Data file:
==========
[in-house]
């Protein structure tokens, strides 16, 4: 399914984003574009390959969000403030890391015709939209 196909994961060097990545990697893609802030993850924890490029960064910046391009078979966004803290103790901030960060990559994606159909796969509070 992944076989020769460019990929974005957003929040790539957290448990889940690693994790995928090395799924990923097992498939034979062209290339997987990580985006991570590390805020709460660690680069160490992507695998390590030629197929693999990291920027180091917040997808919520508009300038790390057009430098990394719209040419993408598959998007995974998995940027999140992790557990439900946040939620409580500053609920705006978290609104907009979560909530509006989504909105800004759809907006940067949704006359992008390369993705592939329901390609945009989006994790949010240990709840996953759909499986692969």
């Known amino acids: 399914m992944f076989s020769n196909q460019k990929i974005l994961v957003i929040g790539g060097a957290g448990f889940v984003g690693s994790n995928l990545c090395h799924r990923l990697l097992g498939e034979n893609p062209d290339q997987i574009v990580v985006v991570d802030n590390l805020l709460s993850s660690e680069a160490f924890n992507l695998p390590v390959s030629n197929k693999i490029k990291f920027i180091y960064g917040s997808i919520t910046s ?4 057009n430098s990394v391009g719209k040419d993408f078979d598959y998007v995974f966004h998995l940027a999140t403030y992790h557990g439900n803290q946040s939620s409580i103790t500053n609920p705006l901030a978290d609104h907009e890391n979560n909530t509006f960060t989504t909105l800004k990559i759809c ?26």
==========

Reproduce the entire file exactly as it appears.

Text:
[in-house]
């Protein structure tokens, strides 16, 4: 399914984003574009390959969000403030890391015709939209 196909994961060097990545990697893609802030993850924890490029960064910046391009078979966004803290103790901030960060990559994606159909796969509070 992944076989020769460019990929974005957003929040790539957290448990889940690693994790995928090395799924990923097992498939034979062209290339997987990580985006991570590390805020709460660690680069160490992507695998390590030629197929693999990291920027180091917040997808919520508009300038790390057009430098990394719209040419993408598959998007995974998995940027999140992790557990439900946040939620409580500053609920705006978290609104907009979560909530509006989504909105800004759809907006940067949704006359992008390369993705592939329901390609945009989006994790949010240990709840996953759909499986692969």
């Known amino acids: 399914m992944f076989s020769n196909q460019k990929i974005l994961v957003i929040g790539g060097a957290g448990f889940v984003g690693s994790n995928l990545c090395h799924r990923l990697l097992g498939e034979n893609p062209d290339q997987i574009v990580v985006v991570d802030n590390l805020l709460s993850s660690e680069a160490f924890n992507l695998p390590v390959s030629n197929k693999i490029k990291f920027i180091y960064g917040s997808i919520t910046s ?4 057009n430098s990394v391009g719209k040419d993408f078979d598959y998007v995974f966004h998995l940027a999140t403030y992790h557990g439900n803290q946040s939620s409580i103790t500053n609920p705006l901030a978290d609104h907009e890391n979560n909530t509006f960060t989504t909105l800004k990559i759809c ?26």